In the Blog
Pulse Nightclub and the Queer Agenda: Love
Illustration by Erin McPhee
Content Warning: References to Orlando Pulse Nightclub massacre.
I think I know why U.S. and Canadian media outlets need to call the Orlando Pulse Nightclub massacre, the “the deadliest shooting in U.S. history, with 50 (sic) people killed, 53 others injured and the gunman dead in a shootout”.
Because America loves violence.
Image via Daily Titan
Hear me out: They actually love it. I recently read a post that said that guns are part of American culture. That is hella correct but not something to be romanticized and perpetuated.
Since the June 12th massacre in Orlando, Florida’s Pulse Night Club with Queer Black, Latinx and people of colour being murdered and injured, there have been countless posts, memes and articles swimming on my newsfeed and playing out in my head. People want to talk about this in the context of colonial violence;
Image via Imgur
we want this violence, that was pointedly targeting Queer Black and Latinx people of colour to be acknowledged as such…
Image via Facebook
… and that white supremacist colonial systems of power have been and are going to continue to blame Muslim people and their faith for the violence that occurred. It would be a further travesty to perpetuate more violence on even more queer people of colour and Muslim communities.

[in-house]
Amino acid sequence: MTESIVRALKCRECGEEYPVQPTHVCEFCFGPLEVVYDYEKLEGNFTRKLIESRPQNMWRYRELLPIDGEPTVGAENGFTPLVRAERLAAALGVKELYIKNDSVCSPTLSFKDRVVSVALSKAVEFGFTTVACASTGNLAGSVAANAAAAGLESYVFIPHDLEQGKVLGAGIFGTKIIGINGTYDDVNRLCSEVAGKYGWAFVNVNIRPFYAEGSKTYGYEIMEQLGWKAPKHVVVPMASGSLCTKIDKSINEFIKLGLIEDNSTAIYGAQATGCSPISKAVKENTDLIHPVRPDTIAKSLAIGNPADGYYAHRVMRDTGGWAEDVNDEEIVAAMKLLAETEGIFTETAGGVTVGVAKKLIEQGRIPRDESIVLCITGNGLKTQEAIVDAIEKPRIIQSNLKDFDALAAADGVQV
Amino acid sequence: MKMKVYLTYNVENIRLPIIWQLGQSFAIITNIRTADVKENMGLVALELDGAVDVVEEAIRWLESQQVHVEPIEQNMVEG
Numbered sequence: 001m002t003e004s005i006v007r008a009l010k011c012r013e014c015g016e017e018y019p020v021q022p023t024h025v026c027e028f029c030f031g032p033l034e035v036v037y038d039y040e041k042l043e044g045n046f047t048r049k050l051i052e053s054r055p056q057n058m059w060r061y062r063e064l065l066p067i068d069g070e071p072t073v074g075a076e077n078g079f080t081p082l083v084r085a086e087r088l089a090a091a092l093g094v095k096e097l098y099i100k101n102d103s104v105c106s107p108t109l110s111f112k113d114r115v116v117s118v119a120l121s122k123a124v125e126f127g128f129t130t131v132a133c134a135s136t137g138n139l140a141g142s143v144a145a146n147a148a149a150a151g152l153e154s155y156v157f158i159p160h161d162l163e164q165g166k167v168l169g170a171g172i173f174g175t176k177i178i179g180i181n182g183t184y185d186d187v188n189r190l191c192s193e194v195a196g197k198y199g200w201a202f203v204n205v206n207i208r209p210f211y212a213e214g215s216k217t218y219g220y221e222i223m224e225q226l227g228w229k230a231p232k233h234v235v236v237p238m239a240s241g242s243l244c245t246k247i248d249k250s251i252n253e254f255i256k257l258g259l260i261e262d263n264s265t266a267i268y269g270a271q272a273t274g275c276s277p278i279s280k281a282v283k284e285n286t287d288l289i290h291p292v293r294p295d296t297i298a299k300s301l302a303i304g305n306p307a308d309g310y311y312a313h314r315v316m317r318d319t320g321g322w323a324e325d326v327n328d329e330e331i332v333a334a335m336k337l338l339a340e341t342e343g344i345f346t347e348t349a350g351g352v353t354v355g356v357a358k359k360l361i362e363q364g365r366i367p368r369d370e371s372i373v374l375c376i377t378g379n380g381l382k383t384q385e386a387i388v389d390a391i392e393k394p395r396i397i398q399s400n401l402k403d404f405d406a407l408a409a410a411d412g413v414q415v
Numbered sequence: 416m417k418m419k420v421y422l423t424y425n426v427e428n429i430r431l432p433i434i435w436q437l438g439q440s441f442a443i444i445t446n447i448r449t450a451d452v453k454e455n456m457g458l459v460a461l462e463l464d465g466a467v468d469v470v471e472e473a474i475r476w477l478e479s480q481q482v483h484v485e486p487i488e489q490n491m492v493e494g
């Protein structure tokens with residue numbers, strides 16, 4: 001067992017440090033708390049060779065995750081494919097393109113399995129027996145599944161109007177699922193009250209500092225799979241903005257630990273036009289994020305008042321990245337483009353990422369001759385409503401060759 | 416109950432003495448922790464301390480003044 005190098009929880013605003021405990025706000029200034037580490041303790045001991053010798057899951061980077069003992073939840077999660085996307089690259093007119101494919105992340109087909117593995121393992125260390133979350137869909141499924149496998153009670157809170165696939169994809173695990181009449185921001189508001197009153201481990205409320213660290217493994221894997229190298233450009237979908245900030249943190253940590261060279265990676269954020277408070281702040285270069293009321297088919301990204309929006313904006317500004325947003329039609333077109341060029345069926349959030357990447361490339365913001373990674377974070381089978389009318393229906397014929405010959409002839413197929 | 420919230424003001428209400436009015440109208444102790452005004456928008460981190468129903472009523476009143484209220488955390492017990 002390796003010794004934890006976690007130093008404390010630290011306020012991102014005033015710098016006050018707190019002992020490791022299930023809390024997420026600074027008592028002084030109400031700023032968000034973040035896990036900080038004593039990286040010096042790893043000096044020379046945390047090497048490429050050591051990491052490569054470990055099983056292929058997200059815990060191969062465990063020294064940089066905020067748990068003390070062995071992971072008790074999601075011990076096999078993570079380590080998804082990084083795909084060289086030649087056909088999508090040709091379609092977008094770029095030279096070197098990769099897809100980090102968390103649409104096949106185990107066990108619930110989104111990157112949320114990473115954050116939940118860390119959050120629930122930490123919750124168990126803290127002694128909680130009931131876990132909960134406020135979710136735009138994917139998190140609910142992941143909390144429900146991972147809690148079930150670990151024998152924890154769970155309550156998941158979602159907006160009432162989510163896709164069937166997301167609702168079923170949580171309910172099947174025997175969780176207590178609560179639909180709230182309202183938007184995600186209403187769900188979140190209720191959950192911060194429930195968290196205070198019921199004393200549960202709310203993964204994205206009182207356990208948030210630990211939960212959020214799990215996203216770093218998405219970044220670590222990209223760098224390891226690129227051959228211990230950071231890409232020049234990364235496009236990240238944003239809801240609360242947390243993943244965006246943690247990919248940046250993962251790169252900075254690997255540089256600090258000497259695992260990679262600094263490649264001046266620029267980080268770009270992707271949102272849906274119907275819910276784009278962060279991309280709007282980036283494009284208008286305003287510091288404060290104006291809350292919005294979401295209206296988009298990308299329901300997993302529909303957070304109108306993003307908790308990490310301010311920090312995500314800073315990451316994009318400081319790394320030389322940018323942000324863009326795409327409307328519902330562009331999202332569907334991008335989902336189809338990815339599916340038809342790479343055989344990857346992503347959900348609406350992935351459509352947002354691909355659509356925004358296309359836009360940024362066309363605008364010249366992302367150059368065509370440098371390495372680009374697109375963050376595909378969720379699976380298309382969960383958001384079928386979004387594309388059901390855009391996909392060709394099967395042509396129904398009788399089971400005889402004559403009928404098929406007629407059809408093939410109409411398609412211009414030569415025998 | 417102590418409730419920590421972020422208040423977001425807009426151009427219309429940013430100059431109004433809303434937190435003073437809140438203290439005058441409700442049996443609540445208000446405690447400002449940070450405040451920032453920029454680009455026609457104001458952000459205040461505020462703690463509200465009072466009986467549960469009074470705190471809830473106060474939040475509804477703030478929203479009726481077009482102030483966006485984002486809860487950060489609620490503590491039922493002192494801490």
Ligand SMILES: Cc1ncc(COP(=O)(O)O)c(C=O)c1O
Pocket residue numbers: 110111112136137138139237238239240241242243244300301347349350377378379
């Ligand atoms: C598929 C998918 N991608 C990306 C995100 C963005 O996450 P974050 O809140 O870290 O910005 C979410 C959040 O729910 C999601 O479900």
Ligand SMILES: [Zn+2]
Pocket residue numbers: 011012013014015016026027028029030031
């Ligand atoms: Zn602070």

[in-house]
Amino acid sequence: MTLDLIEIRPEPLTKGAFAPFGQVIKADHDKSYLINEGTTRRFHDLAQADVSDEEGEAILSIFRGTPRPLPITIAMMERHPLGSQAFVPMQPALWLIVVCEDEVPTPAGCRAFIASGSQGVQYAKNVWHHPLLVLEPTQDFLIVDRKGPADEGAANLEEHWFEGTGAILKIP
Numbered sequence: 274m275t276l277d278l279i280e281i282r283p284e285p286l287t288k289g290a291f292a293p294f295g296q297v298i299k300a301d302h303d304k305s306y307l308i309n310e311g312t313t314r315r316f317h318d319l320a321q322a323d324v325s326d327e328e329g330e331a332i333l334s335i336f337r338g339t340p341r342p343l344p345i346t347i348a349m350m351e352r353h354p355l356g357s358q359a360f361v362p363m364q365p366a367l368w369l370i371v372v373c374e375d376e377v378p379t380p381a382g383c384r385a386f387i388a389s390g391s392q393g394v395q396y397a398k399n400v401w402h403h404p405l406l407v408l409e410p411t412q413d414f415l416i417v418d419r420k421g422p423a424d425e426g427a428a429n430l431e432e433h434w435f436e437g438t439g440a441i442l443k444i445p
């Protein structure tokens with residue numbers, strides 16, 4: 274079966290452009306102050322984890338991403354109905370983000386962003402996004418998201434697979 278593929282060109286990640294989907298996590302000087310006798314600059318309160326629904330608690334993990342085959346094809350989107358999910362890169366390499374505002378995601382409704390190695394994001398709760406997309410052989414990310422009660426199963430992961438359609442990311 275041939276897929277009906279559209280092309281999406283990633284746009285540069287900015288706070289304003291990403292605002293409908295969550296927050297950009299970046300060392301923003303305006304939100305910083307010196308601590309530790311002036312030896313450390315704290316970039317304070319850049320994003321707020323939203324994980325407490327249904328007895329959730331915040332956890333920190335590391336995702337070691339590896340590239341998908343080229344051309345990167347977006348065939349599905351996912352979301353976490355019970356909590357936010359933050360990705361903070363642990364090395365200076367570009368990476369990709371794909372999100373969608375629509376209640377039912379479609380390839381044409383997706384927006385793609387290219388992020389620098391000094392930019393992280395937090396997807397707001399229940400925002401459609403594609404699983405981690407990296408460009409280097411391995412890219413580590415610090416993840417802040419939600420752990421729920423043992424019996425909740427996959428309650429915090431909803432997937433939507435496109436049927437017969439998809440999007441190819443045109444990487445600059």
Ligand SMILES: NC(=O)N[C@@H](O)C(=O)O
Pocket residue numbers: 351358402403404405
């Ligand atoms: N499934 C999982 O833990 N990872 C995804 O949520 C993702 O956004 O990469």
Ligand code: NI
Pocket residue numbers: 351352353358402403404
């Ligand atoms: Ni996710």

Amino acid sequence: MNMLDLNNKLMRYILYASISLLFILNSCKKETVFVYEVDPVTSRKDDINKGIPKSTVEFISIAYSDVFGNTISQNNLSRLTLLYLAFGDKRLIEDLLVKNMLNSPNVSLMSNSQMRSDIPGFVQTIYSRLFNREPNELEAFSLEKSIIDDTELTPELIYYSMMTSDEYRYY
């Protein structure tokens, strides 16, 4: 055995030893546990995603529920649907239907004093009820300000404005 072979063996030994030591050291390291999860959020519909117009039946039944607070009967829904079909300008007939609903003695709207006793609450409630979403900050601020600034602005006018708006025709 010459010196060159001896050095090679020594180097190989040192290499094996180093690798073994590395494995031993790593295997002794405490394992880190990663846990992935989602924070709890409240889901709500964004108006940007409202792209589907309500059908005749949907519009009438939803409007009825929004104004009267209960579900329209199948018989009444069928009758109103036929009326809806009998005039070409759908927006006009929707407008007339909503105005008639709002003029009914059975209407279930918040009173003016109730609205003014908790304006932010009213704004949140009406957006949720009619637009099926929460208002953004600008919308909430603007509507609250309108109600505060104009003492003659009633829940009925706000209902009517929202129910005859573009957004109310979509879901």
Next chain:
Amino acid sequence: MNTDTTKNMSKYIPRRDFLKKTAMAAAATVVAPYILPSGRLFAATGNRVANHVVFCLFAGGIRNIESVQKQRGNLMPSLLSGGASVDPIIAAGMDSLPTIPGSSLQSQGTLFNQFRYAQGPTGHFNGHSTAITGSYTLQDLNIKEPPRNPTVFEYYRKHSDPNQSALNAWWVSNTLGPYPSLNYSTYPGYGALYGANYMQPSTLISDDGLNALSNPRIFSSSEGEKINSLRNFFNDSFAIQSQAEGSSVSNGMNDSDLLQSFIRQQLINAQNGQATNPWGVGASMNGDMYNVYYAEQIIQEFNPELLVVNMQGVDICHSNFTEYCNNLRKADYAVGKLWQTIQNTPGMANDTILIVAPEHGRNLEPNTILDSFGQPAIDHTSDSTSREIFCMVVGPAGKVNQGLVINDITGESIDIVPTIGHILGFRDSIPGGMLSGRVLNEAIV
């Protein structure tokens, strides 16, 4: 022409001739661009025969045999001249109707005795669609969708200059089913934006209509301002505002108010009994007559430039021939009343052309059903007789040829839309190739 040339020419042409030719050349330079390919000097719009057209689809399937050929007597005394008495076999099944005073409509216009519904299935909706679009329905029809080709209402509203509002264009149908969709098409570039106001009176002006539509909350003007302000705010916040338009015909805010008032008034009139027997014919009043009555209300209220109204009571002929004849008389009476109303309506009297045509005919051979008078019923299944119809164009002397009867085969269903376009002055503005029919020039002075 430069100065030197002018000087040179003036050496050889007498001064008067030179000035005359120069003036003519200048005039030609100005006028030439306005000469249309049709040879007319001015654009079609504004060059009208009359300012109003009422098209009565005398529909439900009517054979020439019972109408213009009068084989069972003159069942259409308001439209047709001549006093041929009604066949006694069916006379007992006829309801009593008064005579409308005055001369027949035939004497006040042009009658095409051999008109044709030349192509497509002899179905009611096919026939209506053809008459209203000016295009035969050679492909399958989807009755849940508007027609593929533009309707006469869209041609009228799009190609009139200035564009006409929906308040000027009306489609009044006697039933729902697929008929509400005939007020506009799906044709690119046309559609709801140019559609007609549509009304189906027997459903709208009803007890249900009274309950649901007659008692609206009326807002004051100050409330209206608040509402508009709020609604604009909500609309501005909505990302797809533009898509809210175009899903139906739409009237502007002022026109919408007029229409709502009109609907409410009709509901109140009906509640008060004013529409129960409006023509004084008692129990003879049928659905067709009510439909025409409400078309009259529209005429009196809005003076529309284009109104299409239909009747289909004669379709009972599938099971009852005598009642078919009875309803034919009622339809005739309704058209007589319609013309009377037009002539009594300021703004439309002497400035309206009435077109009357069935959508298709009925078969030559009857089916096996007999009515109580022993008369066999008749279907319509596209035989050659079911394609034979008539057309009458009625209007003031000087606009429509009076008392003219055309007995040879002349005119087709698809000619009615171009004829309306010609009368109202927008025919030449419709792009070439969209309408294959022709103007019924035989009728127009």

Image by the Antimedia via Kappit
My heart has been heavy with sadness and rage. It’s Pride month in Toronto; both the Trans and Pride flags are en masse at City Hall. This is a month that’s triggering for my partner and I – between booze, drugs, exes, parties, and friends; it’s my favourite kind of hot mess. It’s also the time of the year where I can be free. Like all my “professional gay” work can take a break and I can just enjoy being queer.
My mother was raised Christian because of colonial systems working in Trinidad to convert many Muslims and Hindus at the time of her growing up. One had to be baptized a Christian to get a good job in Trinidad in the 60s and my mom, and all of her siblings, left Islam behind. My mother’s maiden name is Mohammed. Although I am not a practicing Muslim, Islam is in my mother’s blood, my blood.
Prince sang in one of his last recorded hits, Baltimore: “If there ain’t no justice, there ain’t no peace”. You ain’t never gonna hear me equate justice with jail time. It’s not the kind of justice we want as Queer, racialized people. I have this poster in my office that reads:
Image provided by deb singh
The kind of justice we want is Love. We want to be free to love who we choose. We want love to be a response to fear. We want to love ourselves to liberation. We want to share that love with people who are privileged over us through our celebrations, because Queer people of Colour know how to throw a party. We want love to be the way so queer people don’t have to hate themselves so much that they self-harm and harm others. We want love to be paramount.
Because we don’t love violence. We ebb and flow between our queer identities and so many others that we do a balancing act of privilege and oppression, just like everyone else. But queer folks - we - are about love.
And our love is bigger than the violence against us.
Image via NY Daily News